This seems to be where it gets complicated. The voltage drop across transistor and resistor is 6.5V in my simulation. This can be adjusted by lowering the 680 ohm resistor. BUT when you lower the 680 ohm resistor you reduce the effectiveness of the protection provided by the BC337.

Conversely the diode protection circuit if you don't use a resistor on the base pullup the drop is less than 2V. You also need to add the drop across the additional transistor/diode which brings it up to just under 4V.
Lol, this is not going to waste 4-6.5v. Thats 20% of the power. The resistors/transistors would go up in smoke if that was the case. Your assesment doesn't pass the "sniff test".

Worst case scenario if the current mirror pushes over the voltage limit... Each group of six cxa1304 are on the same heat sink so temperature should be shared and prevent thermal runaway. Testing might show they can be run without current mirror. However, I can still use the simplified current mirror with just two BD139. It wont protect the other leds if one burns out.

Alternatively, I could run them as a 2x3 (or 3x3) array instead of a 3x2. It may be that I'm running them at < 50%, so running them at 500mA would be no big deal.

A 3x3 array has built in protection. If one string goes out, the other two are still capable of handing the current.

There are a number of avenues for this to be a success.

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Last edited by Darkblade48; 04-06-2018 at 03:27 PM. Reason: Please use the edit function for back to back posts to keep threads cleaner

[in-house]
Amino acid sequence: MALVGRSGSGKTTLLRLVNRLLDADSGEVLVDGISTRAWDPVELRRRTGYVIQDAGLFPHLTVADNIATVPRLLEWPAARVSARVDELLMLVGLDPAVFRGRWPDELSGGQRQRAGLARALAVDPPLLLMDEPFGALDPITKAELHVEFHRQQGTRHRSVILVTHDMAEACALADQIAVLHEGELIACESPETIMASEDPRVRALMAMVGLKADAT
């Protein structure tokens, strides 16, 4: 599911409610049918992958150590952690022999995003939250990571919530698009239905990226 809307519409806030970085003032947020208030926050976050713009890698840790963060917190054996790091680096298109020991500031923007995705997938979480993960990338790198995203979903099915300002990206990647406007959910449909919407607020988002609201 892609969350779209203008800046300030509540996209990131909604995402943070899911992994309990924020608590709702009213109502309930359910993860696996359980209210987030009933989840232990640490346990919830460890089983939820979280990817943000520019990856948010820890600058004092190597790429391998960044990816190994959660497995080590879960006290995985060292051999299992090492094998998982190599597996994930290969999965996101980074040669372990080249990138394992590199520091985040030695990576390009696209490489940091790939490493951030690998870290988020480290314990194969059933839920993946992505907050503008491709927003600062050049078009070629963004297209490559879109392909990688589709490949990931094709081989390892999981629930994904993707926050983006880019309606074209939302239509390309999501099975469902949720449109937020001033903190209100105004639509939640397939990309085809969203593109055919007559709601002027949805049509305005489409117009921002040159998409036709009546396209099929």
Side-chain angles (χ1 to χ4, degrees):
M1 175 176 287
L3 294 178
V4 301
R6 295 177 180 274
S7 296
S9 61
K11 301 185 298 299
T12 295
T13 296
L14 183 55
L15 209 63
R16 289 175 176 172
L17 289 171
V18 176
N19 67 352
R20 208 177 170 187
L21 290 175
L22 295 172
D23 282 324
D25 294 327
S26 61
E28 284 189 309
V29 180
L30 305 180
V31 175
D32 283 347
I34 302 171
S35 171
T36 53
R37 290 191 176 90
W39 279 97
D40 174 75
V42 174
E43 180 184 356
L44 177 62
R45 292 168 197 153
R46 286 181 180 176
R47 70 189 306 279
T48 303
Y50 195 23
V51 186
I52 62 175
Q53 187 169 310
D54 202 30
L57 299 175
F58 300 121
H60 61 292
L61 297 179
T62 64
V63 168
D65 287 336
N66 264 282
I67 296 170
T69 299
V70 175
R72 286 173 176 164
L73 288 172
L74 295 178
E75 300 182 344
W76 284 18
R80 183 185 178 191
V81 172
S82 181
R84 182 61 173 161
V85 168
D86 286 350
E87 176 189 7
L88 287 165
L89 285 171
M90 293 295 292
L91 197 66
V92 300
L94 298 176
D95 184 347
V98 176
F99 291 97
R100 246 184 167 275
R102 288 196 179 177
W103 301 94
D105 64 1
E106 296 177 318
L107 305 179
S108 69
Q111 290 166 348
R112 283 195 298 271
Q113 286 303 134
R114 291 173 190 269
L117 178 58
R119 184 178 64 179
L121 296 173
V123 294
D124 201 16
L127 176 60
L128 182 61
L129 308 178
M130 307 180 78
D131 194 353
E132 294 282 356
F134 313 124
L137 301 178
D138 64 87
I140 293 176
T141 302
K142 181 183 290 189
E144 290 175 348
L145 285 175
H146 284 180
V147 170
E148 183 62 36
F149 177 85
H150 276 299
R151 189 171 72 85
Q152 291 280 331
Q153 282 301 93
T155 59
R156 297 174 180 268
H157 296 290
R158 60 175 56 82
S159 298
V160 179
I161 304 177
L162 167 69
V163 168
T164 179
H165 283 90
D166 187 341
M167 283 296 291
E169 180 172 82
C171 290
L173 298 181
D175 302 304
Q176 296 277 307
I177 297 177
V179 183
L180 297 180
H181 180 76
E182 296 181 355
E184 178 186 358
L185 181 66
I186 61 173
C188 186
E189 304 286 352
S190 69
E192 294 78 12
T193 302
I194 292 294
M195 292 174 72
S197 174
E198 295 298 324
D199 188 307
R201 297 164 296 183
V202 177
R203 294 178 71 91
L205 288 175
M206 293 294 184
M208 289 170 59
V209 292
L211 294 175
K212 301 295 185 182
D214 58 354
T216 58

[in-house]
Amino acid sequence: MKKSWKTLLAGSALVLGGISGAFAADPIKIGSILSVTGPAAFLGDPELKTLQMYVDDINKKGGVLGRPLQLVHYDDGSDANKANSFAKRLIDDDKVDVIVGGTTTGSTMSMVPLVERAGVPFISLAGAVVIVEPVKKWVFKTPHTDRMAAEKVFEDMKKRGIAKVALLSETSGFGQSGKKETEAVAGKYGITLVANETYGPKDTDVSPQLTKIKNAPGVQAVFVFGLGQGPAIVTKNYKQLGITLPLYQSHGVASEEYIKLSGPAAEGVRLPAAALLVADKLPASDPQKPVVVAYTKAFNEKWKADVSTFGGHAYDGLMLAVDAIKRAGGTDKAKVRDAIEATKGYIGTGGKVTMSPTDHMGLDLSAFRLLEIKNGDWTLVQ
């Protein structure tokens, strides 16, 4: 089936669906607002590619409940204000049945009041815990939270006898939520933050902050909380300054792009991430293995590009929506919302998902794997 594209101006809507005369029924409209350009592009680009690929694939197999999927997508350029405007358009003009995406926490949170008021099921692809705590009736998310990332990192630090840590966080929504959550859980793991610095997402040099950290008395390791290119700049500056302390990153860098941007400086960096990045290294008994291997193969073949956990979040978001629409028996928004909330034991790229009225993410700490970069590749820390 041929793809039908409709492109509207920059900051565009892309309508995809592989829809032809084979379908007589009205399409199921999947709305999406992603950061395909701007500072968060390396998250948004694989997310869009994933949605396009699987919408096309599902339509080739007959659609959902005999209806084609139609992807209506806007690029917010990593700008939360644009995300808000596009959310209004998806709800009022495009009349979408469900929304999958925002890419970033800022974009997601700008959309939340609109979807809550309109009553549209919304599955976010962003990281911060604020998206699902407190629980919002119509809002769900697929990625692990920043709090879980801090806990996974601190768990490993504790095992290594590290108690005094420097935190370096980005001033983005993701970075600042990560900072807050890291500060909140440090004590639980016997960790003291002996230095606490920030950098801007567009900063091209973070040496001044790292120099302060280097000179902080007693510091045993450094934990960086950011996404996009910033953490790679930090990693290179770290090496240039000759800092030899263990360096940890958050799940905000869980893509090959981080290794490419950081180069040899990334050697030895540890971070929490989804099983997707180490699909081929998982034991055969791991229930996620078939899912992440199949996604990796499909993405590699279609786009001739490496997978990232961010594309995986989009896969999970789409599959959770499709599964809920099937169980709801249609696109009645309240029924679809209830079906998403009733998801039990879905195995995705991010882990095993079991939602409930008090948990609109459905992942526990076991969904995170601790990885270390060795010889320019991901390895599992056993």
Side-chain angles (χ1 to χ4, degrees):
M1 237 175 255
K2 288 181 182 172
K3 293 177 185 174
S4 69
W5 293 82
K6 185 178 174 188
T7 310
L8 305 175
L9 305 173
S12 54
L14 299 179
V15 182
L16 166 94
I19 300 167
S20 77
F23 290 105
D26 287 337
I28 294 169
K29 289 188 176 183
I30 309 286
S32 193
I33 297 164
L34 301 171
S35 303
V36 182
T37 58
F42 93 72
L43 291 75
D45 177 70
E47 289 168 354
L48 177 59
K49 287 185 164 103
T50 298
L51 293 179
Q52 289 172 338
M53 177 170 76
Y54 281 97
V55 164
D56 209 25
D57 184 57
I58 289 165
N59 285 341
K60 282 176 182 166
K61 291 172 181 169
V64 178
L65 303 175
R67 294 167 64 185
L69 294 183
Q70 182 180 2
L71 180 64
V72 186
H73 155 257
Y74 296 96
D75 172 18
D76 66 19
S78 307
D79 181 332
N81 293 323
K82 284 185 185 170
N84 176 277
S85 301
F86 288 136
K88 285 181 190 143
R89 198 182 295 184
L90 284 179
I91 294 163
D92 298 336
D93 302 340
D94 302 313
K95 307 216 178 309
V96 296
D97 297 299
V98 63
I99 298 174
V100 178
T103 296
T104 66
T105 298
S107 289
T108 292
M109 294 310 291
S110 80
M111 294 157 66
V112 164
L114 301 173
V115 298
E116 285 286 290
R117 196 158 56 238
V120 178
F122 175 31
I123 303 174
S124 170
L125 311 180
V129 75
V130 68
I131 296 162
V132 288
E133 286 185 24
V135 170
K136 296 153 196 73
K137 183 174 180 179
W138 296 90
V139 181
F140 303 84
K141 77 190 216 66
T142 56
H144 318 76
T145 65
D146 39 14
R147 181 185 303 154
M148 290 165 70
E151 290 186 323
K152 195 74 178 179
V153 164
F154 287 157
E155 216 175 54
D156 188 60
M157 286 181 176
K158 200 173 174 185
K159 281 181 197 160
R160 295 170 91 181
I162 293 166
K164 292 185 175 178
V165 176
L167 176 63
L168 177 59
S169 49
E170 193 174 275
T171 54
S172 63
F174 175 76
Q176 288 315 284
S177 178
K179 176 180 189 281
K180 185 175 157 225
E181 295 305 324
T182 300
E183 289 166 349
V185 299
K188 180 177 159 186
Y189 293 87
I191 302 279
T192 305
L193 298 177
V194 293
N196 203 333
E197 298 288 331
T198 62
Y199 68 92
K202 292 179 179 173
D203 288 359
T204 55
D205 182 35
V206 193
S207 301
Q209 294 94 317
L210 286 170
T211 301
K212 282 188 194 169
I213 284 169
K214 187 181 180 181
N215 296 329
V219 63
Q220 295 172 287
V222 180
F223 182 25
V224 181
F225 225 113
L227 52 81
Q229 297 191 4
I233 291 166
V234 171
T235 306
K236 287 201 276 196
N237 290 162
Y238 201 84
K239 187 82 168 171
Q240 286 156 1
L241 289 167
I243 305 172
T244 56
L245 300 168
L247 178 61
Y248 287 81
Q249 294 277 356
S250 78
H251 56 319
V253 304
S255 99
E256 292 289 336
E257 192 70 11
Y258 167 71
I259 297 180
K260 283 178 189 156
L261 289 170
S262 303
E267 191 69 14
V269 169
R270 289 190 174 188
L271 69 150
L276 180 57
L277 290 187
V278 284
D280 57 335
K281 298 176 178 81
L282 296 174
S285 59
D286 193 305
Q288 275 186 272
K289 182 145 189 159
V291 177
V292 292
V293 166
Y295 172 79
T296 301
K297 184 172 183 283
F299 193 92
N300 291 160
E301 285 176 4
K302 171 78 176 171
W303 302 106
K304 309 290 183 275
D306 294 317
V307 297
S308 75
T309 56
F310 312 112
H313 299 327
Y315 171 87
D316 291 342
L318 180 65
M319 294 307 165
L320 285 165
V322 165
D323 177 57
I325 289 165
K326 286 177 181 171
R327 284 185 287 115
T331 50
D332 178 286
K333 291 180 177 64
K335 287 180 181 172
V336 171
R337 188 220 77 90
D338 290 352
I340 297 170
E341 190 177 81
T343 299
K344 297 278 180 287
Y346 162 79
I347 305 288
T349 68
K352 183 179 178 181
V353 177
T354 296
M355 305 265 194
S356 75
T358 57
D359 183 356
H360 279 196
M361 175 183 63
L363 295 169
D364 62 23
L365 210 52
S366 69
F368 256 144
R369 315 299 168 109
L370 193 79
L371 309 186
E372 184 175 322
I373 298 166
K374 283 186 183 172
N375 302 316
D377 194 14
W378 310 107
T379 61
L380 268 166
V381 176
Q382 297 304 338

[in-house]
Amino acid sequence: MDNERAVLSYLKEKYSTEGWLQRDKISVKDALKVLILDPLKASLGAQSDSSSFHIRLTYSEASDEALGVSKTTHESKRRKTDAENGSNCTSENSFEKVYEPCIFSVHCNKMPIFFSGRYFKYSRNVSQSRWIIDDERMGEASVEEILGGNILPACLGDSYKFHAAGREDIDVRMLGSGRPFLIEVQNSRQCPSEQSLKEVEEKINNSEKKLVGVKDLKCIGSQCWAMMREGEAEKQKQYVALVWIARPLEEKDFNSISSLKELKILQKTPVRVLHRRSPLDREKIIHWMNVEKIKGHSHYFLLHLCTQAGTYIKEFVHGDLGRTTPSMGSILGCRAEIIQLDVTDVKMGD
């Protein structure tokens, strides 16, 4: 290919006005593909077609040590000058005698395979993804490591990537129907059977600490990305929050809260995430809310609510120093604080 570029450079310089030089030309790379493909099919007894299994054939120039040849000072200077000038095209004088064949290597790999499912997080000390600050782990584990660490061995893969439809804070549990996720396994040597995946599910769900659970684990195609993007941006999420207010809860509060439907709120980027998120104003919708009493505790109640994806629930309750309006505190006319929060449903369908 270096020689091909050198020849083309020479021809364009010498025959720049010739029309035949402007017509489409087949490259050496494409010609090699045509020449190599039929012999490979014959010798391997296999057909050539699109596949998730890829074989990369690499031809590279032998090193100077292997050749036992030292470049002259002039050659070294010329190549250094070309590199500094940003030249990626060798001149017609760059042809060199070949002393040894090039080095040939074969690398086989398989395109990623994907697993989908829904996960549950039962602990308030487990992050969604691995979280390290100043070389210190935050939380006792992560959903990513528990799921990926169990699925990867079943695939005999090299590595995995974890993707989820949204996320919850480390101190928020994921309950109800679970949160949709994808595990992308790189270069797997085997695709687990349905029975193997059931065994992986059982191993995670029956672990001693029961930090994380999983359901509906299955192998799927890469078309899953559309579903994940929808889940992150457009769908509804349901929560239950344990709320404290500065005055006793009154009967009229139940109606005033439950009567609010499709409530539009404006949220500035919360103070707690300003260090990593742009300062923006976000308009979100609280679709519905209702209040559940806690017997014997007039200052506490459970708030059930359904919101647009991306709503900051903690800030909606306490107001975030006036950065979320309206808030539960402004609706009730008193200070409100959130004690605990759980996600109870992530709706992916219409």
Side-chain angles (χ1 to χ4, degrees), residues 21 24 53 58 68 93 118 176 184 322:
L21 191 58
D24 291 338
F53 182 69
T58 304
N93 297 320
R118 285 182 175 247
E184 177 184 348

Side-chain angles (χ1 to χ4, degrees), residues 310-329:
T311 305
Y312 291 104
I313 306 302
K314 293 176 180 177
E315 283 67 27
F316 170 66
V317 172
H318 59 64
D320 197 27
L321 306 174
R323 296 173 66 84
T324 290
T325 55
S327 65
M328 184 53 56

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Old 04-06-2018, 04:00 PM
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Lol, this is not going to waste 4-6.5v. Thats 20% of the power. The resistors/transistors would go up in smoke if that was the case. Your assesment doesn't pass the "sniff test".
Sniff test? "Lol, this is not going to waste 4-6.5v" Based on what?

You asked for EE help and I'm trying to provide that, no assessment here, just trying to provide numbers and explain the circuit as you asked. Of course adding a current mirror circuit is going to waste power, adding any extra circuit wastes power, figuring out if it's worth it is your decision.

Quote:
The voltage drop across resistor R3 compensates for the mismatching of LED voltage drops and holds both Q1 and Q2 in the linear region.
If the transistors are in the linear region they will have a voltage drop across them, they aren't being saturated to act as an on/off switch. As I mentioned before if you remove the base resistor, this does saturate the transistors and brings the voltage down to near zero, but you can't use the BC337 protection method.

As for "going up in smoke", 6V across the transistor with 0.75A is 4.5W and the sources you provided state that they transistors should be mounted to the same heatsink, a SOT-32 isn't going up in smoke with 4.5W if attached to a heatsink. But the resistor would have to go up from a 0.5W to a 1W for your increased driver size.

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Last edited by MrMan; 04-06-2018 at 04:01 PM. Reason: edit
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Old 04-06-2018, 04:24 PM Thread Starter
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Sniff test? "Lol, this is not going to waste 4-6.5v" Based on what?
Based on the fact that the circuit is worthless and wouldn't be published if it used that much. And certainly not without mentioning that it will rob 20+% of your power.

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Old 04-06-2018, 04:38 PM
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Based on the fact that the circuit is worthless and wouldn't be published if it used that much. And certainly not without mentioning that it will rob 20+% of your power.
Just because it's worthless to you doesn't mean it's worthless to everybody else. I agree that this design isn't as good as the other protection circuit, which is probably why Recom removed the design from their datasheet